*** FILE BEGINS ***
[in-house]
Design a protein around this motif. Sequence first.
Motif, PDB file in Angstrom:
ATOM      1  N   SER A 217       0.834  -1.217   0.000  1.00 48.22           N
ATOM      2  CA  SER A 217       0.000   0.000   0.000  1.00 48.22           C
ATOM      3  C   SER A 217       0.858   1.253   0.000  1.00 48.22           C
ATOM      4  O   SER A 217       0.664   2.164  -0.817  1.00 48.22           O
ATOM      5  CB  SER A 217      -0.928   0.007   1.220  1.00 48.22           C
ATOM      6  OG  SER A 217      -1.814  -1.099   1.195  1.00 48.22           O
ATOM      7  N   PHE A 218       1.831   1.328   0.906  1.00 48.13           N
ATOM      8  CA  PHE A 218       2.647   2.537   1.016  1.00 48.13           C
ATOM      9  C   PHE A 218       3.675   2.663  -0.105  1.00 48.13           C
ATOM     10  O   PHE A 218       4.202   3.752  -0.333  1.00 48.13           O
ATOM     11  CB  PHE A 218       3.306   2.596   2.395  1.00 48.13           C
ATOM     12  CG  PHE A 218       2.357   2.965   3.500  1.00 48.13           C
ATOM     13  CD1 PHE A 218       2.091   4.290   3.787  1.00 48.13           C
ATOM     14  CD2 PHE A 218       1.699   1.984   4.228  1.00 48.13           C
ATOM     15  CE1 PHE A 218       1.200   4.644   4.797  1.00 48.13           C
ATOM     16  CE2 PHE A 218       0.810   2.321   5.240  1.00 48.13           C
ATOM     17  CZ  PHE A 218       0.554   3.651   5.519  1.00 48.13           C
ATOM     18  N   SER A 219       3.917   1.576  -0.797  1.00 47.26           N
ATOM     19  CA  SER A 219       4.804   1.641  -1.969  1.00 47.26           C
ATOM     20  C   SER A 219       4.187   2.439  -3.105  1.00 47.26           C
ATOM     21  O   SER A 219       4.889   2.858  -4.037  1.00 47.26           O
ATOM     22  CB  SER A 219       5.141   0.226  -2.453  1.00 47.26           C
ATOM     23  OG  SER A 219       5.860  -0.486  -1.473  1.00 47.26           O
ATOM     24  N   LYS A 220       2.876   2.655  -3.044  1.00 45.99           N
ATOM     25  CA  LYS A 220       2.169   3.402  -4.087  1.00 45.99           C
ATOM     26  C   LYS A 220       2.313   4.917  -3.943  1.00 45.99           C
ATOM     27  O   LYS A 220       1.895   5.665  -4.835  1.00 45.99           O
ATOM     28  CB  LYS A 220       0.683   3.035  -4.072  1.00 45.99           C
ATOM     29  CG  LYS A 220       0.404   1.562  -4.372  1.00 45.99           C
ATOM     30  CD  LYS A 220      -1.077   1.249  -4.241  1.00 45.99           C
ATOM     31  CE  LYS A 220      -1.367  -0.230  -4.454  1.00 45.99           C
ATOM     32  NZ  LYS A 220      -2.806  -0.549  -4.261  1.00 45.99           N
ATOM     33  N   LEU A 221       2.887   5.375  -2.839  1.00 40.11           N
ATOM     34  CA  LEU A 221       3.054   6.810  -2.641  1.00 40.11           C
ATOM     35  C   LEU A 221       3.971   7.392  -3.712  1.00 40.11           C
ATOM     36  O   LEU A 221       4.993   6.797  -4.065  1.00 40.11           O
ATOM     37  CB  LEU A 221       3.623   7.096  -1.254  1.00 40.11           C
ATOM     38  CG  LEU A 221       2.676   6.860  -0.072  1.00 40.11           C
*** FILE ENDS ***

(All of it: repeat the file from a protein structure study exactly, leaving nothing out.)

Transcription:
[in-house]
Design a protein around this motif. Sequence first.
Motif, PDB file in Angstrom:
ATOM      1  N   SER A 217       0.834  -1.217   0.000  1.00 48.22           N
ATOM      2  CA  SER A 217       0.000   0.000   0.000  1.00 48.22           C
ATOM      3  C   SER A 217       0.858   1.253   0.000  1.00 48.22           C
ATOM      4  O   SER A 217       0.664   2.164  -0.817  1.00 48.22           O
ATOM      5  CB  SER A 217      -0.928   0.007   1.220  1.00 48.22           C
ATOM      6  OG  SER A 217      -1.814  -1.099   1.195  1.00 48.22           O
ATOM      7  N   PHE A 218       1.831   1.328   0.906  1.00 48.13           N
ATOM      8  CA  PHE A 218       2.647   2.537   1.016  1.00 48.13           C
ATOM      9  C   PHE A 218       3.675   2.663  -0.105  1.00 48.13           C
ATOM     10  O   PHE A 218       4.202   3.752  -0.333  1.00 48.13           O
ATOM     11  CB  PHE A 218       3.306   2.596   2.395  1.00 48.13           C
ATOM     12  CG  PHE A 218       2.357   2.965   3.500  1.00 48.13           C
ATOM     13  CD1 PHE A 218       2.091   4.290   3.787  1.00 48.13           C
ATOM     14  CD2 PHE A 218       1.699   1.984   4.228  1.00 48.13           C
ATOM     15  CE1 PHE A 218       1.200   4.644   4.797  1.00 48.13           C
ATOM     16  CE2 PHE A 218       0.810   2.321   5.240  1.00 48.13           C
ATOM     17  CZ  PHE A 218       0.554   3.651   5.519  1.00 48.13           C
ATOM     18  N   SER A 219       3.917   1.576  -0.797  1.00 47.26           N
ATOM     19  CA  SER A 219       4.804   1.641  -1.969  1.00 47.26           C
ATOM     20  C   SER A 219       4.187   2.439  -3.105  1.00 47.26           C
ATOM     21  O   SER A 219       4.889   2.858  -4.037  1.00 47.26           O
ATOM     22  CB  SER A 219       5.141   0.226  -2.453  1.00 47.26           C
ATOM     23  OG  SER A 219       5.860  -0.486  -1.473  1.00 47.26           O
ATOM     24  N   LYS A 220       2.876   2.655  -3.044  1.00 45.99           N
ATOM     25  CA  LYS A 220       2.169   3.402  -4.087  1.00 45.99           C
ATOM     26  C   LYS A 220       2.313   4.917  -3.943  1.00 45.99           C
ATOM     27  O   LYS A 220       1.895   5.665  -4.835  1.00 45.99           O
ATOM     28  CB  LYS A 220       0.683   3.035  -4.072  1.00 45.99           C
ATOM     29  CG  LYS A 220       0.404   1.562  -4.372  1.00 45.99           C
ATOM     30  CD  LYS A 220      -1.077   1.249  -4.241  1.00 45.99           C
ATOM     31  CE  LYS A 220      -1.367  -0.230  -4.454  1.00 45.99           C
ATOM     32  NZ  LYS A 220      -2.806  -0.549  -4.261  1.00 45.99           N
ATOM     33  N   LEU A 221       2.887   5.375  -2.839  1.00 40.11           N
ATOM     34  CA  LEU A 221       3.054   6.810  -2.641  1.00 40.11           C
ATOM     35  C   LEU A 221       3.971   7.392  -3.712  1.00 40.11           C
ATOM     36  O   LEU A 221       4.993   6.797  -4.065  1.00 40.11           O
ATOM     37  CB  LEU A 221       3.623   7.096  -1.254  1.00 40.11           C
ATOM     38  CG  LEU A 221       2.676   6.860  -0.072  1.00 40.11           C